Superstructure Aerodynamics of the Type 26 Global Combat Ship



Mateer, R ORCID: 0000-0002-9026-6683, Scott, SA, Owen, I ORCID: 0000-0001-5642-736X and White, MD ORCID: 0000-0002-8611-9525
(2018) Superstructure Aerodynamics of the Type 26 Global Combat Ship. In: 14th International Naval Engineering Conference and Exhibition, 2018-10-2 - 2018-10-4, Glasgow.

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Abstract

<jats:p> The Type 26 City class Global Combat Ship is the latest design of UK frigate. Construction of the first ship, HMS Glasgow, began in July 2017 and the expectation is that it will enter service in the mid-2020s as a replacement for the Royal Navy’s Type 23 Duke class frigates. The main contractor for the design and construction of the ship is BAE Systems Maritime – Naval Ships. The Type 26 superstructure is characterised by its smooth sloping surfaces that are continuous along the ship from the fore deck to the flight deck. The tumblehome design reduces the ship’s radar cross-section, as does the minimisation of curved surfaces and internal corners. The Type 26 also has a bulky mast, also with flat sloping sides, while the funnel casing around the gas turbine exhaust uptake is located aft of the main mast and relatively low on the superstructure. In comparison, the earlier Type 23 has a much more fragmented superstructure with few geometric features for reduced radar reflection; it also has a more slender mast from which the anemometers are mounted, and the exhaust uptakes are higher. Overall the aerodynamics of the stealthy Type 26 frigate will be very different to the previous Type 23, and this will affect the operational envelope of the ship’s helicopters. Recognising the importance of superstructure aerodynamics to the ship design, the University of Liverpool has been working closely with colleagues from BAE to ensure that the air flow over the ship was considered as the superstructure design evolved. The paper will describe how, within the design cycle, Computational Fluid Dynamics (CFD) has been used to analyse the unsteady flow over the full-scale ship. It will show how CFD, together with helicopter flight dynamics modelling, was used to inform design options for the superstructure geometry ahead of the landing deck. CFD was also used to inform options for locating the ship’s anemometers and has been used to predict the dispersion of the ship’s engine exhaust gases and the air temperature distribution in the vicinity of the flight deck. </jats:p>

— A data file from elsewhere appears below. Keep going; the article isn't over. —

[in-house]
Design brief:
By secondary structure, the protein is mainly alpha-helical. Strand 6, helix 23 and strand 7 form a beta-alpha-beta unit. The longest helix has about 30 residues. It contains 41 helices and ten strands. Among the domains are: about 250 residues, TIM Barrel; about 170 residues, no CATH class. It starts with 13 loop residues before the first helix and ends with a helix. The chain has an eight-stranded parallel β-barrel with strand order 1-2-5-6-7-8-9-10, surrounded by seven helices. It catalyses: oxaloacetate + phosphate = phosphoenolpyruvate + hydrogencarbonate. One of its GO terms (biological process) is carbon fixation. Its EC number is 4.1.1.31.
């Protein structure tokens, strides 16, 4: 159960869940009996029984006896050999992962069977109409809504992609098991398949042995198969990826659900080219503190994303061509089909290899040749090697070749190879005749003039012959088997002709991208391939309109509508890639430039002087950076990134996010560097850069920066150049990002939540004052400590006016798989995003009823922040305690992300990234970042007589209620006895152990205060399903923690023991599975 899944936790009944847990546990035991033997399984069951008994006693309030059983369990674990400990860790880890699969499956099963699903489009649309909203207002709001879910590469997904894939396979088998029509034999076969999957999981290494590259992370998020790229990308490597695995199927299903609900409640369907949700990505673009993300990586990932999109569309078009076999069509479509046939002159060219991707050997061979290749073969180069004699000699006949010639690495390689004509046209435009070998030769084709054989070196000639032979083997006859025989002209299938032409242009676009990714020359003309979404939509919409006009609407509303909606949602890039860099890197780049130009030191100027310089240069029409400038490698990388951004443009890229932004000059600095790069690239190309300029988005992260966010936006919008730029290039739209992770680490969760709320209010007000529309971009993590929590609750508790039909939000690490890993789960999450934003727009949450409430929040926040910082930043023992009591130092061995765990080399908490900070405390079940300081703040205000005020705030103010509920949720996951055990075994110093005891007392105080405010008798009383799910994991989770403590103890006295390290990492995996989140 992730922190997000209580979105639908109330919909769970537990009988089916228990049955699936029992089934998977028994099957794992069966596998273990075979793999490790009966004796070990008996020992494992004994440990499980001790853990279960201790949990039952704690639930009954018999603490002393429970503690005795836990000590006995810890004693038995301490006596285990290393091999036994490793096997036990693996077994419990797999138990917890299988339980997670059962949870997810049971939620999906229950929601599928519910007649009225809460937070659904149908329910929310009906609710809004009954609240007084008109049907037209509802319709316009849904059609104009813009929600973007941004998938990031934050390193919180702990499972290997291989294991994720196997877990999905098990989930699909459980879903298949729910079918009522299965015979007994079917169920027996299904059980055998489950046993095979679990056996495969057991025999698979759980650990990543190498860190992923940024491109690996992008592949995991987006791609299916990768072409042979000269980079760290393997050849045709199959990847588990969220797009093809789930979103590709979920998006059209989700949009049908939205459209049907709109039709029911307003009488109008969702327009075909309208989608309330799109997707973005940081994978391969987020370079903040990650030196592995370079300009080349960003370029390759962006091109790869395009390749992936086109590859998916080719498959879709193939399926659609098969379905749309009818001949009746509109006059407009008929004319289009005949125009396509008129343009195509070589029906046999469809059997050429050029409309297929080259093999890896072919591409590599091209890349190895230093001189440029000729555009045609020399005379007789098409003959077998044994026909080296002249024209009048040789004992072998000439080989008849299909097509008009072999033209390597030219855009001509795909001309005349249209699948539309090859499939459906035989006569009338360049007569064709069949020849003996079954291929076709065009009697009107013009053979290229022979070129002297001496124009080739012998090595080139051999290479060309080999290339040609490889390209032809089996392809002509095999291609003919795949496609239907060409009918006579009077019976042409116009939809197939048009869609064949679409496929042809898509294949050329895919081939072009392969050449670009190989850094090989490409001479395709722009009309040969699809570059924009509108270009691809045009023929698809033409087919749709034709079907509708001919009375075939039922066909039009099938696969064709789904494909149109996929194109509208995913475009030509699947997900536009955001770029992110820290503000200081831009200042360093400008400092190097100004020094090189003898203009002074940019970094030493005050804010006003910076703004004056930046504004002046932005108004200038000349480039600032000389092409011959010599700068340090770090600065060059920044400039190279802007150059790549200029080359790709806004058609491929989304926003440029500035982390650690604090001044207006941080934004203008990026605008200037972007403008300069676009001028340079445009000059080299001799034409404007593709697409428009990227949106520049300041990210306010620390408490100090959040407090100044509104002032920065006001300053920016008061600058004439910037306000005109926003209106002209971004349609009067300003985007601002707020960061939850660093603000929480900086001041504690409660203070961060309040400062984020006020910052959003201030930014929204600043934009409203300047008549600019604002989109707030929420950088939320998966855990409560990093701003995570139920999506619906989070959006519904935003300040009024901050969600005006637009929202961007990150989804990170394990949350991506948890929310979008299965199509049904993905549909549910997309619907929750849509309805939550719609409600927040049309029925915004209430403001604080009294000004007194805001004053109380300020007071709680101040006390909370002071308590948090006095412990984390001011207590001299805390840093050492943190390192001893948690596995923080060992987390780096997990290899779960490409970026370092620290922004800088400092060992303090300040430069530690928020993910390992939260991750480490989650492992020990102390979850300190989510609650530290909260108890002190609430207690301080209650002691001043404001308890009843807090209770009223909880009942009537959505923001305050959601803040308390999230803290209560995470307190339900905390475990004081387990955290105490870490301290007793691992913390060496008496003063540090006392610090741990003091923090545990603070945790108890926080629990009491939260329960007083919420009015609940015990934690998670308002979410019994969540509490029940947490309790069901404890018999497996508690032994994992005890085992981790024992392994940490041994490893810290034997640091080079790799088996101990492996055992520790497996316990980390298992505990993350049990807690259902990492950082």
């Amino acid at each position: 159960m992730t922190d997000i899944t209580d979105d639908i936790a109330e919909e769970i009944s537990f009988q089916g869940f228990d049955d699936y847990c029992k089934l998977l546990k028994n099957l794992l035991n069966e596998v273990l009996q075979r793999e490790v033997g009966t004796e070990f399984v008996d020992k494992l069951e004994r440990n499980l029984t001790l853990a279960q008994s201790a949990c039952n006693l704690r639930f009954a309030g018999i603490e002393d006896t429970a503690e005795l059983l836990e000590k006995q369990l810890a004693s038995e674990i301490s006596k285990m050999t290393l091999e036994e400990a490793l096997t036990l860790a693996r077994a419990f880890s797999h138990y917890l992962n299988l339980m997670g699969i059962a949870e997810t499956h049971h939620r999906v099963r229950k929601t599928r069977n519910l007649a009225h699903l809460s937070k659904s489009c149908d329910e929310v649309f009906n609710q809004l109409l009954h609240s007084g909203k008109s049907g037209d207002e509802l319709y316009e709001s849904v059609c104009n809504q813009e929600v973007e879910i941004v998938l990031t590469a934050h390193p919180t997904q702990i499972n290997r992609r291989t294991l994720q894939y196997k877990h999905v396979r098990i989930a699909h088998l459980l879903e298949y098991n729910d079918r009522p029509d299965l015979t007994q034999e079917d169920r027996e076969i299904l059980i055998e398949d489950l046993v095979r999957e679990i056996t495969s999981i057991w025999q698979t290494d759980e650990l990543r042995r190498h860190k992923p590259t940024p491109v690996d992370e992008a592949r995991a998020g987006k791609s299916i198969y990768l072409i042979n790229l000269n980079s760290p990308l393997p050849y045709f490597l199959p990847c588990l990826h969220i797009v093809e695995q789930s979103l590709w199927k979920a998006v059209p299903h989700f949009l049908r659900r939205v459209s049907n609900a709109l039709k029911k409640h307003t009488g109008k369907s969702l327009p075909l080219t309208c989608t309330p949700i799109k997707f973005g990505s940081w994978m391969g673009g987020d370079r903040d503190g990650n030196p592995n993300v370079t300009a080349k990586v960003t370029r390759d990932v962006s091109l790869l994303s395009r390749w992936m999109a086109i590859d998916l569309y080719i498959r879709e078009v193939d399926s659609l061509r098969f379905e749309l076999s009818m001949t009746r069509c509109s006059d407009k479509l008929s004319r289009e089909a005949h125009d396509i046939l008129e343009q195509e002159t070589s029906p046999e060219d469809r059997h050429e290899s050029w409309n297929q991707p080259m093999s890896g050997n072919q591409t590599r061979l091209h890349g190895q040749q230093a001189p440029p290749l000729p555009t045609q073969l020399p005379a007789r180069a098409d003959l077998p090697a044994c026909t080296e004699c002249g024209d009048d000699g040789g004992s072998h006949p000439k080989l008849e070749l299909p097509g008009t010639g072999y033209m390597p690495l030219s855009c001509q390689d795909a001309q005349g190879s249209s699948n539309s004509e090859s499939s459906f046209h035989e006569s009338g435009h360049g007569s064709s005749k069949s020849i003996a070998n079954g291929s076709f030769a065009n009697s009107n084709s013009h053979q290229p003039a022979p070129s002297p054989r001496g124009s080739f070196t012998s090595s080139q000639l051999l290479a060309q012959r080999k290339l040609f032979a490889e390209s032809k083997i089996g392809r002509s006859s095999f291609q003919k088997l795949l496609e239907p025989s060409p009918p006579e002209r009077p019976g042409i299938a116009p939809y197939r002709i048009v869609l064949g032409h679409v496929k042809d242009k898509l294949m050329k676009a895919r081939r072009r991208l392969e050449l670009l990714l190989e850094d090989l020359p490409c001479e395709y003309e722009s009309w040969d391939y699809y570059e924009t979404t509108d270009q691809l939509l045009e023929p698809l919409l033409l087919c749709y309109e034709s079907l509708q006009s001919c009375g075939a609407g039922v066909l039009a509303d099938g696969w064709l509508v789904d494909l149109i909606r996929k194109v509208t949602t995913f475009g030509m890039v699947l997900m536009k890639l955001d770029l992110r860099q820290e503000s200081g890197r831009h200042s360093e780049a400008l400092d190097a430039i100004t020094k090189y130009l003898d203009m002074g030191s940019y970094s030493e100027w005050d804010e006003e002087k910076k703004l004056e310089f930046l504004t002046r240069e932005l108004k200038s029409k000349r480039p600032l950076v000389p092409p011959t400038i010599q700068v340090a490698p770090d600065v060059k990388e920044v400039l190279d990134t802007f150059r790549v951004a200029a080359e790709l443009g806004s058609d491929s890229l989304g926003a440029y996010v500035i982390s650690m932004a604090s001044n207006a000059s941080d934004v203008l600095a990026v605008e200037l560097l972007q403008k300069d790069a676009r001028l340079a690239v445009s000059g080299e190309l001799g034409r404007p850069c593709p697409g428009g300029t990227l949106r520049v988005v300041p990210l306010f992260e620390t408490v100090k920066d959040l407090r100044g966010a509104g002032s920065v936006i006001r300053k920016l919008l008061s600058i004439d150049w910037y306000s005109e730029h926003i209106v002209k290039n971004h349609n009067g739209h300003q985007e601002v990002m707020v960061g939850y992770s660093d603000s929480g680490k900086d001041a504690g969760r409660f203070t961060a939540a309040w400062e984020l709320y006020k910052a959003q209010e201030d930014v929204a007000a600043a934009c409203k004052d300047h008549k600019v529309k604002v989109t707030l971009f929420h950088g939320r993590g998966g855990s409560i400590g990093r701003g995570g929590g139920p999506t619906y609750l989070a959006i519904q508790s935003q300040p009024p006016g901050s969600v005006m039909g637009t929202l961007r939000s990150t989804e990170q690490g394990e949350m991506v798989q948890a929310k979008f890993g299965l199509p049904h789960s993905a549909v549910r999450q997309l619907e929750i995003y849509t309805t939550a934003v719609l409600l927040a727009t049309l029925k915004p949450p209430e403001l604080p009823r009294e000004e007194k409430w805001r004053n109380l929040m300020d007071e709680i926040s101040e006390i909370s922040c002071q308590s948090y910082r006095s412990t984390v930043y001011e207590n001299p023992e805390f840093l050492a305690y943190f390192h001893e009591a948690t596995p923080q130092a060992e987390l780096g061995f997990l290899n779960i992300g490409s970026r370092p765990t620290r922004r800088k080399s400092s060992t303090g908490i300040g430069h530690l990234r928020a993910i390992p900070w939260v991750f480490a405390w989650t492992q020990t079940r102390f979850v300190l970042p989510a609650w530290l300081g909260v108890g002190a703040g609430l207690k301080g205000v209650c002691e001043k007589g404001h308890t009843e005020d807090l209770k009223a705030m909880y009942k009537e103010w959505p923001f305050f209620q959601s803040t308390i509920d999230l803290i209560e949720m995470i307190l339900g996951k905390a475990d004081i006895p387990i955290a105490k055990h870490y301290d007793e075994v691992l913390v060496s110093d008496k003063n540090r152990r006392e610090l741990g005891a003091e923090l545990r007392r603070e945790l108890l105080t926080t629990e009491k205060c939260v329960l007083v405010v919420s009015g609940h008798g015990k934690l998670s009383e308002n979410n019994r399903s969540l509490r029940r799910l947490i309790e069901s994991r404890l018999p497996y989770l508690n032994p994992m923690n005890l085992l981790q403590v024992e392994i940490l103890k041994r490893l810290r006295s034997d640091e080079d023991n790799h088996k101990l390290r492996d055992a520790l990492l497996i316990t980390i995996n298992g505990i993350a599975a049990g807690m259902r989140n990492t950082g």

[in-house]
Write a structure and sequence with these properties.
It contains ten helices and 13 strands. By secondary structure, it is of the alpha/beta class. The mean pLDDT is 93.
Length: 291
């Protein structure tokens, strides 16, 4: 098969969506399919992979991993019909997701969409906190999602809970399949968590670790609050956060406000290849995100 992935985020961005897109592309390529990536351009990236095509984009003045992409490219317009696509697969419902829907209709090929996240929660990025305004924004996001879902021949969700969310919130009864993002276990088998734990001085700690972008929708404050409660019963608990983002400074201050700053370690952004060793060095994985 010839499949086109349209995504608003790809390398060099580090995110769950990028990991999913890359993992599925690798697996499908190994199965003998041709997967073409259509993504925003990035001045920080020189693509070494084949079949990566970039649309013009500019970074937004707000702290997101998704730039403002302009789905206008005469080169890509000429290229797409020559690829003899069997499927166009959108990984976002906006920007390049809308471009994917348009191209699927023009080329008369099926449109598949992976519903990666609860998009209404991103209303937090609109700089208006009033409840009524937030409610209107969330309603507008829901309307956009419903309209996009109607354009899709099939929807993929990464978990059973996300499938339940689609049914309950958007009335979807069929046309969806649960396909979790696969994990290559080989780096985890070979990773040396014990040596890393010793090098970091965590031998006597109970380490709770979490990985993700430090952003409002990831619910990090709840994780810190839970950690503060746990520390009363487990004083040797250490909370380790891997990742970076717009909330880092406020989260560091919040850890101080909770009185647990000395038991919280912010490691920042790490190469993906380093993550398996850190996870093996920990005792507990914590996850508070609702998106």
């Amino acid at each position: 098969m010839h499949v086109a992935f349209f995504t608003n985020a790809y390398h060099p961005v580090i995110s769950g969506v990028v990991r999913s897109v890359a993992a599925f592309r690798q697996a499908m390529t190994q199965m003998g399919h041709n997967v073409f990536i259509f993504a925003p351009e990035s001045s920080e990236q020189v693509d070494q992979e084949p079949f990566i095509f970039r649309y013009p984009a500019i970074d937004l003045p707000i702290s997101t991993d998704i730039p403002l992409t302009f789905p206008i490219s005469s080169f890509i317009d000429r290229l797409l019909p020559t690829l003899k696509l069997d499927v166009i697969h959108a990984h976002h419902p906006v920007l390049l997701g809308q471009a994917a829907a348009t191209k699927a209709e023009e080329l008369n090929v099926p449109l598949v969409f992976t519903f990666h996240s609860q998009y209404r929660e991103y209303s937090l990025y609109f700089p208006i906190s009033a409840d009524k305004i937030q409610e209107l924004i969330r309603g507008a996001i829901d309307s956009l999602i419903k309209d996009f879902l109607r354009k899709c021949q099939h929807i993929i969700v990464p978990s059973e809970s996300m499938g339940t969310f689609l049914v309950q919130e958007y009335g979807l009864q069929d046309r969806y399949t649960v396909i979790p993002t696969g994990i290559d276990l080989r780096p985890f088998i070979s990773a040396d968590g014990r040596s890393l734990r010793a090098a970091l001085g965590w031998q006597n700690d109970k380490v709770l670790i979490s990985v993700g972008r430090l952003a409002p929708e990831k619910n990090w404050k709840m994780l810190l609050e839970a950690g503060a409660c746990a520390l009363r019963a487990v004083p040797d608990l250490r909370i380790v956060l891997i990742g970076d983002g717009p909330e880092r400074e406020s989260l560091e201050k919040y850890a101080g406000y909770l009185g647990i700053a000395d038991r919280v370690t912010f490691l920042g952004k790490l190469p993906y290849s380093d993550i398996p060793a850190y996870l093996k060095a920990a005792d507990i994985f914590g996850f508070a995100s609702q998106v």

Item Type: Conference or Workshop Item (Unspecified)
Depositing User: Symplectic Admin
Date Deposited: 09 Nov 2018 09:05
Last Modified: 19 Jan 2023 01:13
DOI: 10.24868/issn.2515-818x.2018.038
Related URLs:
URI: https://livrepository.liverpool.ac.uk/id/eprint/3028404